The role of task allocation for gender differences in early-career progress among MBA-graduates

The role of task allocation for gender differences in early-career progress among MBA-graduates



Starting date: 01.08.2019

Duration: 3 years

  • Project summary

    Project summary

    Despite large convergences in education and labor market experience, we still see a substantial gender gap both in terms of career achievement and wages as well as underrepresentation in high-income occupations and top management positions. Moreover, in these high- level positions the convergence has not only been slower, but also has subsided in the last few years.
    Findings in the literature strongly suggest that early career dynamics are important for the entire career. Hence, it is important to understand differences across gender in this early part of the career. It is also documented that the majority of the current earnings gap comes from within occupation differences in earnings, rather than from between occupation differences. Hence, gender differences in career development within each occupation is far more important than which occupation females choose after graduation.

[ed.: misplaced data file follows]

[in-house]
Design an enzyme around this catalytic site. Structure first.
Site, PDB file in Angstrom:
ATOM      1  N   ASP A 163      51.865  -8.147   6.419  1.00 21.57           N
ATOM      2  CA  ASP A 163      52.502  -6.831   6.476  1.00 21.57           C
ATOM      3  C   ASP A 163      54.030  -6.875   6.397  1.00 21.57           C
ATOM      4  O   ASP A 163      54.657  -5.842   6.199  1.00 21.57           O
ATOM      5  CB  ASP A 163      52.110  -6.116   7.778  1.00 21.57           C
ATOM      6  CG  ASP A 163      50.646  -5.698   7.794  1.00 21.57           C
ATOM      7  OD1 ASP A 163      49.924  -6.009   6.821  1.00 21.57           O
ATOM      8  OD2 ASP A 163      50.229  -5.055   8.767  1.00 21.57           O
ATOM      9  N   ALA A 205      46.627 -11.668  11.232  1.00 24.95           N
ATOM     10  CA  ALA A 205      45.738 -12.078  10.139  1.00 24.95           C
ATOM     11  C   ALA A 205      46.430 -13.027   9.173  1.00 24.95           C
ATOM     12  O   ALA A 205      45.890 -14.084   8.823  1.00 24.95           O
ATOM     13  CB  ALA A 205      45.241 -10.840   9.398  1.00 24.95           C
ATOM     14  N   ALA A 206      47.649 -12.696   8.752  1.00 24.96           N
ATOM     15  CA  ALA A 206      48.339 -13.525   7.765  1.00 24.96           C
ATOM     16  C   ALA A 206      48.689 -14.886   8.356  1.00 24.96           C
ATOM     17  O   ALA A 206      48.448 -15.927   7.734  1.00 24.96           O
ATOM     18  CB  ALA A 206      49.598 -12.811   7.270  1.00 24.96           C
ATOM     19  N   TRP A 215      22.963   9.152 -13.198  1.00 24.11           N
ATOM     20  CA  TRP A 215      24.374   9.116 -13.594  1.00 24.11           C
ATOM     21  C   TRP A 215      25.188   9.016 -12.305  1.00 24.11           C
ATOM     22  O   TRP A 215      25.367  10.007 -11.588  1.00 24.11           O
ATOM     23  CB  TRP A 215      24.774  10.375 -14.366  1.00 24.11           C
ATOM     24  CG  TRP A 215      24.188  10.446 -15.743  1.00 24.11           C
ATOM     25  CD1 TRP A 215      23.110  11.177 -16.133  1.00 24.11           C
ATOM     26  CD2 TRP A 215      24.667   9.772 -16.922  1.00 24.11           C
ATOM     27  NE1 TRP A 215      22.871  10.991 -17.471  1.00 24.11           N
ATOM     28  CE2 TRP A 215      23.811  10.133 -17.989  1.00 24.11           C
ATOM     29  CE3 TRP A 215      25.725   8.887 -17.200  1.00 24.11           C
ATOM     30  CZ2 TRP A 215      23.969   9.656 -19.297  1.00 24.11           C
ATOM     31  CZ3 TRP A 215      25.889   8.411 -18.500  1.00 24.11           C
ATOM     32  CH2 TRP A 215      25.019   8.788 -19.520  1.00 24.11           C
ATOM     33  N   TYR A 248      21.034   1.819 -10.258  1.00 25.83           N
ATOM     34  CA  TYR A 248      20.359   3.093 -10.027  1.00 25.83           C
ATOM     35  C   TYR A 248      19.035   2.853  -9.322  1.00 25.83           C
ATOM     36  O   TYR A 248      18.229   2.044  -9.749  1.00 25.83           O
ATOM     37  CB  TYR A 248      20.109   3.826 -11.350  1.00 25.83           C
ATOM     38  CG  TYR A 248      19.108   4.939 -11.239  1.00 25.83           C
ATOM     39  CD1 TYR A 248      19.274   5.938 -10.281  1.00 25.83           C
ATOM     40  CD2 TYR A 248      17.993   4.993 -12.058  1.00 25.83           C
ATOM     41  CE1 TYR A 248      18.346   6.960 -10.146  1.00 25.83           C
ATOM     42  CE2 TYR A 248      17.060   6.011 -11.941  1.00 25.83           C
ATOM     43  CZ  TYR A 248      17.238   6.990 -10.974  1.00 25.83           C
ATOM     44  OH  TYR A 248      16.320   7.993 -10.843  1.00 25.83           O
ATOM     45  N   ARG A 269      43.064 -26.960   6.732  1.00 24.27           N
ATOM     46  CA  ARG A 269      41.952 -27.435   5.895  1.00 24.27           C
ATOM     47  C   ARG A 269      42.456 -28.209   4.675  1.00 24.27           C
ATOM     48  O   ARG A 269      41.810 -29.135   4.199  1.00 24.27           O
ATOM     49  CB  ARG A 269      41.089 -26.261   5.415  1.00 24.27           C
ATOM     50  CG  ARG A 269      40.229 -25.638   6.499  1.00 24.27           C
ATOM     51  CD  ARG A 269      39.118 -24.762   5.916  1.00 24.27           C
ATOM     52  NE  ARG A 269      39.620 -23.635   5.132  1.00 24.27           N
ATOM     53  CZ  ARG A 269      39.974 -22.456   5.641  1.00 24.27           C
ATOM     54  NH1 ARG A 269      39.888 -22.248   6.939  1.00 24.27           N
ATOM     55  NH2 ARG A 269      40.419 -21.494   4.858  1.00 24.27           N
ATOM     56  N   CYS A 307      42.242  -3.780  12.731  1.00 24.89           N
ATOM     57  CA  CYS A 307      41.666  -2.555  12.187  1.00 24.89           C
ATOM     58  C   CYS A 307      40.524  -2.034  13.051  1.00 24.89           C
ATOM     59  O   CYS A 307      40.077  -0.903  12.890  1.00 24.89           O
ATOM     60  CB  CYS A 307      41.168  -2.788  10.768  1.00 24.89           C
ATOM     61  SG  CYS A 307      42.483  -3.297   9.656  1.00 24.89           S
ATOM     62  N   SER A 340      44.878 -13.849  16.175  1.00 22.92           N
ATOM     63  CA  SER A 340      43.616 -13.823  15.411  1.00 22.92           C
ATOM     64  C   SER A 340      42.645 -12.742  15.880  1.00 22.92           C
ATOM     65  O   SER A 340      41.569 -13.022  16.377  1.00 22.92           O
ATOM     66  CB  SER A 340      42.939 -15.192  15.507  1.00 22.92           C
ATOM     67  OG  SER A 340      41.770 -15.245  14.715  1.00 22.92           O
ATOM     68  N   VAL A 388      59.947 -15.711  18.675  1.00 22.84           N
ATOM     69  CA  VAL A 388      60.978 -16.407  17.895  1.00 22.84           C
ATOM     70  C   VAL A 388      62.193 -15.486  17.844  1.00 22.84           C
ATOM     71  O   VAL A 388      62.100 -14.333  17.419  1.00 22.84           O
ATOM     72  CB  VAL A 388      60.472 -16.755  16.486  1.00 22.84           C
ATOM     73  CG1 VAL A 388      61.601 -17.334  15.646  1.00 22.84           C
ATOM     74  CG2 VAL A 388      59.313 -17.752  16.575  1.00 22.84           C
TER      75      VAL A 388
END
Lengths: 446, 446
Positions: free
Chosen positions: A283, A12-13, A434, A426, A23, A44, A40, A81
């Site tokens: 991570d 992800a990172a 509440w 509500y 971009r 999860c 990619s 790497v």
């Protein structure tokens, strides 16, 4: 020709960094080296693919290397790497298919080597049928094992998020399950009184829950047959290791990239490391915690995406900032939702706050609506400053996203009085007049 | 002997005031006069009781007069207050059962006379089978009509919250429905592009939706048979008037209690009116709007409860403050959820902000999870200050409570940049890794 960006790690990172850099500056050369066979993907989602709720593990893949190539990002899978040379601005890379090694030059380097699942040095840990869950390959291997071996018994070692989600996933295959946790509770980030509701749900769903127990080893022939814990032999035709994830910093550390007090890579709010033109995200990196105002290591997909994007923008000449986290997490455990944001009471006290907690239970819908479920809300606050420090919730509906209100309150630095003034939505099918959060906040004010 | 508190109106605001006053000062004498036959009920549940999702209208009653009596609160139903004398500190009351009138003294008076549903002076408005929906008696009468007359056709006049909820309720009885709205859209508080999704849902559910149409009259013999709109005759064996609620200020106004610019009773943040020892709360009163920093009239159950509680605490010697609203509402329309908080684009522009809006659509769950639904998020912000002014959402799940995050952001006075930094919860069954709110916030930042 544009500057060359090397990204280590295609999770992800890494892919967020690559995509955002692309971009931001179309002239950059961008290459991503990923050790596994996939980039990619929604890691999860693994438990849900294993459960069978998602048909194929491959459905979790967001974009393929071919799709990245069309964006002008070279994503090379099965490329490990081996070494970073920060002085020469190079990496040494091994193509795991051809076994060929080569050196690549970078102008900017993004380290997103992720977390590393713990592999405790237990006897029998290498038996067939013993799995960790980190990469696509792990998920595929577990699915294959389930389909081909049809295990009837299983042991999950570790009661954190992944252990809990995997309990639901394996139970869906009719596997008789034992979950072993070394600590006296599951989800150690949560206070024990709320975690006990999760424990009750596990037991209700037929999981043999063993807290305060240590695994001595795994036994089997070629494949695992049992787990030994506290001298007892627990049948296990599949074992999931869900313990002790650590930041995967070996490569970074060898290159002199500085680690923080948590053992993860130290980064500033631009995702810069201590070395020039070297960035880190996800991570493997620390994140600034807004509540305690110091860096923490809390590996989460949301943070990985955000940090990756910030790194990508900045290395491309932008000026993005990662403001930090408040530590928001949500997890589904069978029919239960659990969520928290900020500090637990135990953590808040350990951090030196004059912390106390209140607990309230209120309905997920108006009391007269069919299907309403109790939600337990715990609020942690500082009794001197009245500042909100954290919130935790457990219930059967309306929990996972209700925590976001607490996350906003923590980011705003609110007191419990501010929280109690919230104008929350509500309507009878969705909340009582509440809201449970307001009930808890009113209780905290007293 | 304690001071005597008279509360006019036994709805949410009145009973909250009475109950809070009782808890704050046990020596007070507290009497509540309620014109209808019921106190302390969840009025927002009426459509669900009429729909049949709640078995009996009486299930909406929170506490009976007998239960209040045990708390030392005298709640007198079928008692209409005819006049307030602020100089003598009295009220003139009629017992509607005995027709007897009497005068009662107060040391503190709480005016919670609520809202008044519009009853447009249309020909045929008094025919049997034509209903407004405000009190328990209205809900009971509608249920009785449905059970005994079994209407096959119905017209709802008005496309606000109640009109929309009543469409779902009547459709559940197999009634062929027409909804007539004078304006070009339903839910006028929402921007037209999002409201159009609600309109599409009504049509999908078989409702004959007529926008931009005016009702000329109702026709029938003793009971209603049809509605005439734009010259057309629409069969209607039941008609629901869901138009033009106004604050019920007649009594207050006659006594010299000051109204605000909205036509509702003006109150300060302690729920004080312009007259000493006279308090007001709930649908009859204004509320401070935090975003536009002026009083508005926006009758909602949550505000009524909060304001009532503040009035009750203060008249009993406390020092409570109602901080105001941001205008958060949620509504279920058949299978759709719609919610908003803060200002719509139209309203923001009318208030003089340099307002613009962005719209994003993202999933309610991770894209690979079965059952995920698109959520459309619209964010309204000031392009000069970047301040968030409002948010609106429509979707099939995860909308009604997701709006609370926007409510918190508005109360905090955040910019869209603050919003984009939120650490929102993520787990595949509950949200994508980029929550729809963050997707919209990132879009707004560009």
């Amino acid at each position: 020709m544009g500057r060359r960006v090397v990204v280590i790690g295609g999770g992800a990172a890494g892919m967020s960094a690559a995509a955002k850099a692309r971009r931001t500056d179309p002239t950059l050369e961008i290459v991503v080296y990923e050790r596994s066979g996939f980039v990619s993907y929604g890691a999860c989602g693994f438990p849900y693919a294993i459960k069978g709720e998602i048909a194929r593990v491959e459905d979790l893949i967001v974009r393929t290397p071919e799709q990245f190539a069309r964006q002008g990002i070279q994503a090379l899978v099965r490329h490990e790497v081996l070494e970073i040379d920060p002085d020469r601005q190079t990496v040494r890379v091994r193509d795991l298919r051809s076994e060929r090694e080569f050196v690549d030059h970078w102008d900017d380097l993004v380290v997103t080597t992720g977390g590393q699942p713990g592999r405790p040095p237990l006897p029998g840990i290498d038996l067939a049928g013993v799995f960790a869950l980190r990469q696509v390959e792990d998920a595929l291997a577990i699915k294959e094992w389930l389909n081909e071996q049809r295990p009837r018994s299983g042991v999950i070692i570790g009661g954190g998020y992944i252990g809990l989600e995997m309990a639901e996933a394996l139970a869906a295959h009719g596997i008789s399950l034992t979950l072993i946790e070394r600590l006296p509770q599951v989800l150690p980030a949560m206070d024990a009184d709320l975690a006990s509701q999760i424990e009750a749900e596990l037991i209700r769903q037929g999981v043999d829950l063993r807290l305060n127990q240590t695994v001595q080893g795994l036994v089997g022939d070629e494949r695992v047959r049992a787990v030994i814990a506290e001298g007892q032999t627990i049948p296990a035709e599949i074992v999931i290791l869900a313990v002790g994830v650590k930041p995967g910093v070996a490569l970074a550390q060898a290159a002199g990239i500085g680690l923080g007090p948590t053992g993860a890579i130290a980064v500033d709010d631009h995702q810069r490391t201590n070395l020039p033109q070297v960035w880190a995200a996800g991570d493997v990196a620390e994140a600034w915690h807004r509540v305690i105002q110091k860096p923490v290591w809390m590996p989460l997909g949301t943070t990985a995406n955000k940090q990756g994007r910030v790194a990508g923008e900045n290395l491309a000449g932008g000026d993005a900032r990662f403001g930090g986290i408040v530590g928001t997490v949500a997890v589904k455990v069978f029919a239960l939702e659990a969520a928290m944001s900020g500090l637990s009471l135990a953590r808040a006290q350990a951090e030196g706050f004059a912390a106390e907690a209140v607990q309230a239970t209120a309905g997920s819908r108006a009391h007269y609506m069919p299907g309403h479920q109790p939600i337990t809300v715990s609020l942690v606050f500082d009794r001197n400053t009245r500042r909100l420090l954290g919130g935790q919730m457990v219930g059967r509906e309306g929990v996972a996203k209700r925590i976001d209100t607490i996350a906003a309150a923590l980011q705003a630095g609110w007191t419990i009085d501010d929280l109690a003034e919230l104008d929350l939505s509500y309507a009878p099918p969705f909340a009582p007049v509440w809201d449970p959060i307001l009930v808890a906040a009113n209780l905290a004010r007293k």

Recent research by Babcock, Recalde, Vesterlund and Weingart (AER, 2017) study the allocation of so-called non-promotable tasks, as compared to promotable tasks, between men and women in the workplace in a lab setting. Non-promotable tasks benefit the organization but are not likely to contribute to someone’s performance evaluation and career advancement, as opposed to promotable tasks on the other hand. Their study show that, even in the absence of differences in ability or preferences for these tasks, women end up spending relatively more time than men on non-promotable tasks and less time on promotable tasks. Clearly, this may have an impact on women’s later careers and may help explain why women continue to progress more slowly than men do.
    Primary objectives:
    • The project aims to improve our understanding of gender differences in task allocations in firms and document consequences for early career development.
    • We will push the research frontier by using a multi-method approach that combines population-wide register data with data collected from laboratory experiments and surveys. In particular, the registry data provide detailed information on two important domains: educational background such as grades and detailed information on courses chosen in college and universities as well as detailed information on the first job. Laboratory experiments and surveys, on the other hand, can provide new understandings of the underlying mechanisms behind the gender gaps.
    • We will elicit individual-level information on career aspirations, beliefs, preferences and psychological attributes as well as task acceptance and allocation for a few cohorts of graduates from the Master program at NHH.

Core research team


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